The article also quoted a one Dr. Sharon Hirsch, a psychiatrist at the University of Chicago who was not involved in the study, as saying, "The results highlight the need for mental health services to be housed with other medical services on college campuses, to erase the stigma and make it more likely that people will seek help." Well, she's in luck, as I have a few suggestions for the areas that she focused on. First, let me help you out with all of the stigma erasing. Try this: Stop saying things like "mental problems", "mental illness", "psychiatric disorder" and other terms that are less than fashionable. "Mental" is just one of those words that will not likely ever find itself on the positive or the acceptable end of the vocabulary spectrum. You're probably going to have to treat the word "mental" as the word "retard" has been treated, and that is to banish it into the land of politically incorrect and socially unacceptable utterances for these trying, modern times.

As far as that "need for mental health services" on college campuses, who is going to pay for them? Do you want to know the biggest obstacle that is making it difficult for anyone to seek, find and receive some type of psychiatric counseling or services? It's expensive. And insurance companies are less than generous with their coverage for psychiatric services. But the difference between not having adequate insurance coverage for psychiatric issues and not having adequate insurance coverage for medical issues is that with medical issues, if you are in dire straits or there is an emergency, you can do something about that! The most obvious and basic solution is that you can go to the hospital. You can't really do that if you just need someone to talk to once a week or so for about an hour. (Well, you can, but they start to look at you funny when you do it every week. Sometimes they just ask you to leave. Other times, they just don't even let you in the door. So I've heard.)

Now that I've made it this far, something just occurred to me after reading this: "The study authors noted that recent tragedies such as fatal shootings at Northern Illinois University and Virginia Tech have raised awareness about the prevalence of mental illness on college campuses." It seems to imply that the "mental illness" among young people is a "problem". But is it? I mean, if those are their examples, two college shootings in 6-7 years, I'm all for chalking that up to "sh*t happens." Shouldn't there be more dysfunction if this is really a problem? And if there isn't more dysfunction, wouldn't that seem to indicate that maybe a lot of it is just stress and not the "personality disorders" that they imply are so rampant? And let's not forget, this is only the second biggest problem because alcohol and drug issues were first.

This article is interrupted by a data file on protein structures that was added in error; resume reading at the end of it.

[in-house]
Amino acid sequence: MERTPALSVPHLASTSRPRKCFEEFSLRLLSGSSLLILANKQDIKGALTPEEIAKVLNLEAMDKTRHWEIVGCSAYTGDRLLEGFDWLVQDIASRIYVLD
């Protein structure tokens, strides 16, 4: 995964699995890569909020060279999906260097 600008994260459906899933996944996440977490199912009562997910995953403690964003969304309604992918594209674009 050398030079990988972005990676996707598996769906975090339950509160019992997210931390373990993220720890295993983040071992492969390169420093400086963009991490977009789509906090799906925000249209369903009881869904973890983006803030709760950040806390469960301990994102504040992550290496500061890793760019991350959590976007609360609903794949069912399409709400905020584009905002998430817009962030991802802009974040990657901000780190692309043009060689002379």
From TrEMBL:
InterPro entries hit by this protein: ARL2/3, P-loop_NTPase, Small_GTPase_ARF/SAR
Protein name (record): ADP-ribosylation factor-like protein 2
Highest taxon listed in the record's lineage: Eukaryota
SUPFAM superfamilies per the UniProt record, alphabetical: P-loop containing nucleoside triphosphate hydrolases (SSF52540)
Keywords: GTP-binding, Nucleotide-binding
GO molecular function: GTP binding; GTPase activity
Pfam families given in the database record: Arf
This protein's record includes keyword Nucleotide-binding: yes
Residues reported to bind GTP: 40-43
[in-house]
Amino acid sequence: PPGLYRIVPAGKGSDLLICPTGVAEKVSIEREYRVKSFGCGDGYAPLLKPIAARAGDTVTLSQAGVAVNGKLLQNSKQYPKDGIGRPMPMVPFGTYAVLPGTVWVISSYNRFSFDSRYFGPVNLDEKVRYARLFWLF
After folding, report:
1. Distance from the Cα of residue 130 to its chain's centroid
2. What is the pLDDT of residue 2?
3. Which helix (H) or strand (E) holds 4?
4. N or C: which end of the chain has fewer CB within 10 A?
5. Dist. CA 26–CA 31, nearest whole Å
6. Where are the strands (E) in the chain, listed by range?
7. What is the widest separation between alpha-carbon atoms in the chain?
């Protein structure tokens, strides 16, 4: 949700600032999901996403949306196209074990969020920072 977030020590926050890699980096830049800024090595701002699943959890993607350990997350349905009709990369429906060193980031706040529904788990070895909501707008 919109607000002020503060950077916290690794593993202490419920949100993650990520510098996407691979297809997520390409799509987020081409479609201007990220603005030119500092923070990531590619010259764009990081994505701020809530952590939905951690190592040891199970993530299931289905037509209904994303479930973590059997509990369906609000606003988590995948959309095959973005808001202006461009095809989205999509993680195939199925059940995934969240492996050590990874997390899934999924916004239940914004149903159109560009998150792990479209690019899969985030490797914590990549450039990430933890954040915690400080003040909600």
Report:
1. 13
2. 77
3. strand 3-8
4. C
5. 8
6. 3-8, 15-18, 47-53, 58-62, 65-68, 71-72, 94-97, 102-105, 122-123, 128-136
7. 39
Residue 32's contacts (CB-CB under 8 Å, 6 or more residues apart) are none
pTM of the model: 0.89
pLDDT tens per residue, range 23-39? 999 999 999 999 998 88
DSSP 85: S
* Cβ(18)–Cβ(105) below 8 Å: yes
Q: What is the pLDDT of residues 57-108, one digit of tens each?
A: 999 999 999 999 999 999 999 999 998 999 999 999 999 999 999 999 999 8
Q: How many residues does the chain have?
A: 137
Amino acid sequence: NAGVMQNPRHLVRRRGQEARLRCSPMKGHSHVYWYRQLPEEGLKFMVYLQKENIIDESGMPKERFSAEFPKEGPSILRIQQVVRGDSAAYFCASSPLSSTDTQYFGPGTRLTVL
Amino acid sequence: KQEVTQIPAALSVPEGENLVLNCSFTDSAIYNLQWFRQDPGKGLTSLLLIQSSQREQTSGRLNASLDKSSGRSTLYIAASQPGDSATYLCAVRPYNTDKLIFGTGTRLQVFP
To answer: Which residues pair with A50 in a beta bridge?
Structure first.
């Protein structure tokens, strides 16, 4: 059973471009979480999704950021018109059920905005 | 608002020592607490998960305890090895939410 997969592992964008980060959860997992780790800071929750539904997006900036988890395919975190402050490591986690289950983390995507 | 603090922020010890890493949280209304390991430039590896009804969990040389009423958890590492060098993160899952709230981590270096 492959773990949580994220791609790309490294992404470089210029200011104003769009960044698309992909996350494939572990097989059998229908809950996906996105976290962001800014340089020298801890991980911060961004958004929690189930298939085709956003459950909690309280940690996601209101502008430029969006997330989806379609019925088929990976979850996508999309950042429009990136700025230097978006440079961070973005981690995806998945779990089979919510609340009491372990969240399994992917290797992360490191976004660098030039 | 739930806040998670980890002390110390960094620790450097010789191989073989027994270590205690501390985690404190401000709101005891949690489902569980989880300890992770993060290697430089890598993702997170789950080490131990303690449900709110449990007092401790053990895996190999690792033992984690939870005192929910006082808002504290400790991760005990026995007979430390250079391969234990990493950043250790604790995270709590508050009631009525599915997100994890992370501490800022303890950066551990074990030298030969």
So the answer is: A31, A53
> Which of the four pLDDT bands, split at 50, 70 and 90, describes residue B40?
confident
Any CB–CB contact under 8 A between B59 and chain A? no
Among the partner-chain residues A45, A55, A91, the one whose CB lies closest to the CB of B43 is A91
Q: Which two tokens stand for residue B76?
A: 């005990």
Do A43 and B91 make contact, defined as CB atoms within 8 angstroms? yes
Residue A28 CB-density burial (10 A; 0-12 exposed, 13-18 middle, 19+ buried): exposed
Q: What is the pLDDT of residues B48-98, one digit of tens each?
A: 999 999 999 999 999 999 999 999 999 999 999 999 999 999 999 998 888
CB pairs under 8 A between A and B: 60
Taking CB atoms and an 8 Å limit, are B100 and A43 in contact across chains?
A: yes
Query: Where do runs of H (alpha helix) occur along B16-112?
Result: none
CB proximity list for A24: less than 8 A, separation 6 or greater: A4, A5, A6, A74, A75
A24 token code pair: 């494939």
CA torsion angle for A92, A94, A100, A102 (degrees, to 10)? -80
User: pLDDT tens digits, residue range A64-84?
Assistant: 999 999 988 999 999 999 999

You know, if only 1 in 5 people were nuts, I think I'd probably be OK with that. Of course, this study doesn't imply that I should be OK with that. No, it implies I should run for cover. Lord only knows what they'd think I should do if I told them that I think at least half of people anywhere, at any given time, are cuckoo for Cocoa Puffs. But I do know this: Regardless as to what they thought about my non-scientific assessment, they probably wouldn't get back to me for at least 6-7 years.

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1 comment:

Alice Amplified said...

awww, where you got that Lucy cartoon?

I just stole it from ya. too cute